Education is the key for switch to 5-level triage
Be sure your go live’ day isn’t a disaster
(Editor’s note: This is the second of a two-part series on switching to a five-level triage system. This month, we’ll cover effective strategies to avoid problems during the transition. Last month, we covered how to choose the right five-level system for your ED.)
When you picture the day your ED makes the switch to five-level triage, do you have visions of confused nurses, mistriaged patients, and a chaotic waiting room? Unless you take the correct steps to prepare nursing staff, these gloom-and-doom scenarios will occur.
For most EDs, switching to five-level triage no longer is a question of if, but when. A task force formed jointly by the Des Plaines, IL-based Emergency Nurses Association (ENA) and the Dallas-based American College of Emergency Physicians (ACEP) recently recommended that EDs switch to five-level triage, but did not endorse a specific system. It is not yet known if the task force will ultimately recommend a specific system. To ensure a smooth transition during your ED’s switch to five-level triage, follow these steps:
• Choose a core group of nurses to train others.
At St. Joseph’s Hospital and Medical Center in Phoenix, eight experienced ED nurses were given materials on the five-level Emergency Severity Index (ESI) and charged with becoming experts on the new triage system.
"We created a core triage group that learned the new system and only worked triage for three months," says Kim Flanders, RN, BSN, CEN, clinical nurse manager for emergency services.
During this period, the eight nurses were taken out of the regular ED schedule to train the second "ring" of ED nurses. "We have just completed the training of this group. Our intent is to continue training in this method until all staff have been provided hands-on training in the new system," she reports.
From the second group, more experienced nurses will again be asked to train another group of nurses, and so on.
"I will again be taken out of the count to mentor this group, but only for two weeks this time," says Susan Jackson, RN, one of the eight ED nurses who trained the first group. "By the time I get to the next group, some of the nurses I am training now will be ready to take on the role of the training nurse, and so on."
This way, all new nurses hired throughout the year will be trained, and recently trained nurses will have enough time to become comfortable with the new system before they begin to triage patients, she adds.
• Show nurses the benefits in a concrete way.
Jackson and the nursing educator held three-hour classes on the ESI, with nurses asked to rate the acuity of 15 sample patients and compare their assigned triage levels using a three-level triage system with the group.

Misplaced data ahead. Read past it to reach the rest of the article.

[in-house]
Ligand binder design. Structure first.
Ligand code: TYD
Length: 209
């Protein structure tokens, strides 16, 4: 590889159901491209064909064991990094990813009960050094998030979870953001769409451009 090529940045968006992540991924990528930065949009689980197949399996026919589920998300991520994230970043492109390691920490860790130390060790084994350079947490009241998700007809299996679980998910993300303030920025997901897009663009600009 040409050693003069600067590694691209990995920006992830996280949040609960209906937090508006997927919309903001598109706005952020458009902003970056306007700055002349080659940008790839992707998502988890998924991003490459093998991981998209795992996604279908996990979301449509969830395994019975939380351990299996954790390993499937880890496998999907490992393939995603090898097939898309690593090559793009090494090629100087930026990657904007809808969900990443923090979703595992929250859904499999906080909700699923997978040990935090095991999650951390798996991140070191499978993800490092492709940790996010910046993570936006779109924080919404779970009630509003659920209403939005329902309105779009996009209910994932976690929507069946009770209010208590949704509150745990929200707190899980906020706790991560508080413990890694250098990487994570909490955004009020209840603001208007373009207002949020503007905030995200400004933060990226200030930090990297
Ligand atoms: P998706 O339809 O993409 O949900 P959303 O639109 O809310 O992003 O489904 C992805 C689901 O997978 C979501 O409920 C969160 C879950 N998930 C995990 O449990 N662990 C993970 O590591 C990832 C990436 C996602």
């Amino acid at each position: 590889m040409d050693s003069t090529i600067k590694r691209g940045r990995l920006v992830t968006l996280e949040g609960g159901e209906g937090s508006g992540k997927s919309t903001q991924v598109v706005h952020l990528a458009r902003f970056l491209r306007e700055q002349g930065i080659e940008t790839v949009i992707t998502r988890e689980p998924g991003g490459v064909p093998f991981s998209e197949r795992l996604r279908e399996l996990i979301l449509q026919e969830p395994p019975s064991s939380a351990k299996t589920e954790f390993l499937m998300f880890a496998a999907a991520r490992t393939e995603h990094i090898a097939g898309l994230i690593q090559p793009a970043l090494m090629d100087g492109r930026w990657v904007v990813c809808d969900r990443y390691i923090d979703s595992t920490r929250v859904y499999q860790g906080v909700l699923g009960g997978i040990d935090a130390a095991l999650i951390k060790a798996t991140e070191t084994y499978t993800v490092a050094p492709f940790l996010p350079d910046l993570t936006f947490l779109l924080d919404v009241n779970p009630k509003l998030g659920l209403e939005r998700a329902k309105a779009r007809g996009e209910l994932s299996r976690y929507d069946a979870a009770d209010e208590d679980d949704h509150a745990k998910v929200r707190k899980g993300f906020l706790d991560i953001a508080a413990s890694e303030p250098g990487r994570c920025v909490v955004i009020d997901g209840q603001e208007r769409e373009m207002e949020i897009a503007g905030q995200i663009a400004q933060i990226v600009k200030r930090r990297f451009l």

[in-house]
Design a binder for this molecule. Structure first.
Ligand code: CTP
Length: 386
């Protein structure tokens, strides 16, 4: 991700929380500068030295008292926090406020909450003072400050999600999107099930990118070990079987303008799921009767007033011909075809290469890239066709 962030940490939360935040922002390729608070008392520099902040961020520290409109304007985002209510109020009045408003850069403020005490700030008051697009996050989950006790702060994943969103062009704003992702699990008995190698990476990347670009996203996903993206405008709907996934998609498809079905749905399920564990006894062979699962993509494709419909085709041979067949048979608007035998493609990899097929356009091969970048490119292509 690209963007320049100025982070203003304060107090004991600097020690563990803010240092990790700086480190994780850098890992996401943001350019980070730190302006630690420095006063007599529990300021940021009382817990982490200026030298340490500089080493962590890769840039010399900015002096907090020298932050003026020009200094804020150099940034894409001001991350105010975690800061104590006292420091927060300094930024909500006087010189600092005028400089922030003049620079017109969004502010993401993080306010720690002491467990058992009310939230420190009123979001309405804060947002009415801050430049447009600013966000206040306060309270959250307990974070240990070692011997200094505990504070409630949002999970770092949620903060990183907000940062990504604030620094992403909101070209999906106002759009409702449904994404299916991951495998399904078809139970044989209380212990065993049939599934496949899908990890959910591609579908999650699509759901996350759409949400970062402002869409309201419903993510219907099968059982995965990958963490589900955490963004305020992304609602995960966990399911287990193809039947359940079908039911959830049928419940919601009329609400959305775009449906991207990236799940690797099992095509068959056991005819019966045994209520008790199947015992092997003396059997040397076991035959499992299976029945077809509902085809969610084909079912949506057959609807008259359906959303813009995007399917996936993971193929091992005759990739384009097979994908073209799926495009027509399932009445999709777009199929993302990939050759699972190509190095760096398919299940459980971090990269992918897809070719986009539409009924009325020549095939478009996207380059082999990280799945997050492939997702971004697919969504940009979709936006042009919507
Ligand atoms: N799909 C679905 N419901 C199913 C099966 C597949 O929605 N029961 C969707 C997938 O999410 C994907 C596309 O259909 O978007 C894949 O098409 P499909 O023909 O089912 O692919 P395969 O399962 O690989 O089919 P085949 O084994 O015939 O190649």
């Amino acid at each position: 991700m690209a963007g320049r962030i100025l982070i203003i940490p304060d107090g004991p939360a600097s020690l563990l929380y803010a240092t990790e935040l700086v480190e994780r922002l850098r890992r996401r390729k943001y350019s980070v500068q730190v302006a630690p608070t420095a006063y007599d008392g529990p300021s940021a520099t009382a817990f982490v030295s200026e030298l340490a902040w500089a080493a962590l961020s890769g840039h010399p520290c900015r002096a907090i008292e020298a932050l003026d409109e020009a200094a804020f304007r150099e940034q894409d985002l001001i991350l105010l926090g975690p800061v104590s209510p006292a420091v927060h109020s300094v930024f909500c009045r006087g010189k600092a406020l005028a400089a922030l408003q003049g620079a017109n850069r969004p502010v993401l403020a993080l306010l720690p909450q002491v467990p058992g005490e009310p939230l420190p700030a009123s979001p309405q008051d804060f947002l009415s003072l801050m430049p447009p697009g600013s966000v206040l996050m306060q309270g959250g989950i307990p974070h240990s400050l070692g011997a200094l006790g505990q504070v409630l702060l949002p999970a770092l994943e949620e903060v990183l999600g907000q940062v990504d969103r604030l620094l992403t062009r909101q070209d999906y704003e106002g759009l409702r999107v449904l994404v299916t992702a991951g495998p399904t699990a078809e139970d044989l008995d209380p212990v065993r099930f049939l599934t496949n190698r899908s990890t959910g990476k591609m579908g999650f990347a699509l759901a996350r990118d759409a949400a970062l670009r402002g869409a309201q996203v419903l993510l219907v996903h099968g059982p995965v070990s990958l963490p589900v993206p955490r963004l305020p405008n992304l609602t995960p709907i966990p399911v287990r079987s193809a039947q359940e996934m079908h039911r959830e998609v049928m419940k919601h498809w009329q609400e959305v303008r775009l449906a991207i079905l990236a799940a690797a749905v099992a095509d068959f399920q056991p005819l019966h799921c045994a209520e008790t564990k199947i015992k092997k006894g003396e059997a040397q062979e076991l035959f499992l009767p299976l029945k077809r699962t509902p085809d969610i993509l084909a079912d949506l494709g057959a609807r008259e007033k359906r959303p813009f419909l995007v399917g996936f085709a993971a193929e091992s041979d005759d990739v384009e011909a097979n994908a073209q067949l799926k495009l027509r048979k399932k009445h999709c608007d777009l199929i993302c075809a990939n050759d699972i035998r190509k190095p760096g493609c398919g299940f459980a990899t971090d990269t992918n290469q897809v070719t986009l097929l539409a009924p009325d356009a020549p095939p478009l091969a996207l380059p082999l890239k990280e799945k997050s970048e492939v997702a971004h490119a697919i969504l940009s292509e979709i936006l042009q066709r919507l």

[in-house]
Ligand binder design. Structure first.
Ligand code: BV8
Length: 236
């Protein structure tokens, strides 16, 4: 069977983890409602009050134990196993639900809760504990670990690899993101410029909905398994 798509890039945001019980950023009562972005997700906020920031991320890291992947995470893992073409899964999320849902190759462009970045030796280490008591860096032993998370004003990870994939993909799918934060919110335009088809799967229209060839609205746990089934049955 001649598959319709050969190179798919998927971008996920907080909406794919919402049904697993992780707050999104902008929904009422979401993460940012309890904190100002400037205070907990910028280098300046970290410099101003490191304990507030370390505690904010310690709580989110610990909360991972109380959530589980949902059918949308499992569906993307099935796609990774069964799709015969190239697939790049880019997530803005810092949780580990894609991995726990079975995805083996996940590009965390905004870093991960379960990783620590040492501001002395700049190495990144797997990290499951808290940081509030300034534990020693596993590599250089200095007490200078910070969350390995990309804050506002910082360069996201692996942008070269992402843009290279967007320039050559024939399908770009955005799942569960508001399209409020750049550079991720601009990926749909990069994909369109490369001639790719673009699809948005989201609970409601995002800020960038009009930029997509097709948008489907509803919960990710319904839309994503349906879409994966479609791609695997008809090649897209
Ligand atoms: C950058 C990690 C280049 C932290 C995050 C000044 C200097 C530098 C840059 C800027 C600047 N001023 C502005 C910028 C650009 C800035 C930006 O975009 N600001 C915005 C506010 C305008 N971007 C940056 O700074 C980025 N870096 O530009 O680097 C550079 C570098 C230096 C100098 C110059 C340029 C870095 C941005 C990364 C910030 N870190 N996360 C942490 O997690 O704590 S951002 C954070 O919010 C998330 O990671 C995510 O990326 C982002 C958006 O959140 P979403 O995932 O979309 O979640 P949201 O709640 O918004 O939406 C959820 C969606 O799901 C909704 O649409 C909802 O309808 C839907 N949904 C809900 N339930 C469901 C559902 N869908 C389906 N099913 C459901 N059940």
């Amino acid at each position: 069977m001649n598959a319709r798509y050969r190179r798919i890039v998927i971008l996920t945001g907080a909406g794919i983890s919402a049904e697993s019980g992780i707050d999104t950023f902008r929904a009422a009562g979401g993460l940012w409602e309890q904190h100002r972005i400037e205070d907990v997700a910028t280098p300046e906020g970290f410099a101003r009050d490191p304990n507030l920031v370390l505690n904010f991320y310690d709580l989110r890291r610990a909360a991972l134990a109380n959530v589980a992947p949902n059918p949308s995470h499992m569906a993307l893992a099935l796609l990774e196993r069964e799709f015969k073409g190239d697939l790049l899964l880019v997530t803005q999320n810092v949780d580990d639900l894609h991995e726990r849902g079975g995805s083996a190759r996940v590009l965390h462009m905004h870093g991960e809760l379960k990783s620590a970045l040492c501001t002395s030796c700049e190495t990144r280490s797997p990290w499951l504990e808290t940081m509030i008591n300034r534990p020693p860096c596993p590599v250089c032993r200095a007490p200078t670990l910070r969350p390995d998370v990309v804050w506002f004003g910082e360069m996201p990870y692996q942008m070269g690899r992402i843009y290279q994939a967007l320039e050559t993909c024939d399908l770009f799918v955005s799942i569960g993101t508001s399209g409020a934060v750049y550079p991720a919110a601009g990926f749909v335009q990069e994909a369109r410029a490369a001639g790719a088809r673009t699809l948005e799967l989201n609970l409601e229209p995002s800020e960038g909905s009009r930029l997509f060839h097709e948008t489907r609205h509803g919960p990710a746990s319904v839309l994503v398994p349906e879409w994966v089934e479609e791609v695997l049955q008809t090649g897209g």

"I asked them to go around the room and call out what acuity they got for each question," says Jackson. "This exercise was very powerful, because it showed the huge variance you can get even in a small group [with the three-level system]."
Next, the nurses were asked to give the acuity levels of another 15 sample patients, but this time, the nurses used the ESI system as a guide. "In each and every class, everyone was 100% in agreement with the answers," reports Jackson.
• Have an additional nurse at triage during the training period.
After the first group of nurses was trained, Jackson exclusively worked triage for a month, acting as a full-time troubleshooter and resource person at triage. "They each got one eight-hour day with me. During that time, I worked alongside them as their own personal educator," she says. "Being right there on the spot, I could answer questions as they came up."
As these nurses gained enough experience, they were able to function as a "first nurse" at triage, to back up a second nurse who was learning the process, explains Jackson. "If nurses were working triage and trying to learn the system at the same time, it would become too difficult," she says.
Jackson is going to hold the triage course on a quarterly basis, each time being taken off the schedule for two weeks to train nurses. "Our manager has made this a compulsory course, so by running it every four months, we should catch all the new staff," she says.
• Have nurses observe for a period of time.
Before nurses actually use the five-level system, Jackson recommends having them sit and watch the process for a few days.
"I found it difficult to teach them why I was asking certain questions and how I came to the decisions I did about the ESI level," she says. "I found that if nurses just watched and listened, they could soon pick it up."
The benefits of five-level triage already are becoming obvious, says Jackson. "We have decreased our waiting times significantly," she reports. "We’re finding that our sicker patients are now being more satisfactorily recognized and therefore being seen quicker."
For more information on switching to a five-level triage system, contact:
- Susan Jackson, RN, Emergency Department, St. Joseph’s Hospital and Medical Center, 350 W. Thomas Road, Phoenix, AZ 85013. Telephone: (602) 406-3000. Fax: (602) 406-7150. E-mail: firstname.lastname@example.org.
- Kim Flanders, RN, BSN, CEN, Clinical Nurse Manager, Emergency Services, St. Joseph’s Hospital and Medical Center, 350 W. Thomas Road, Phoenix, AZ 85013. Telephone: (602) 406-5147. E-mail: email@example.com.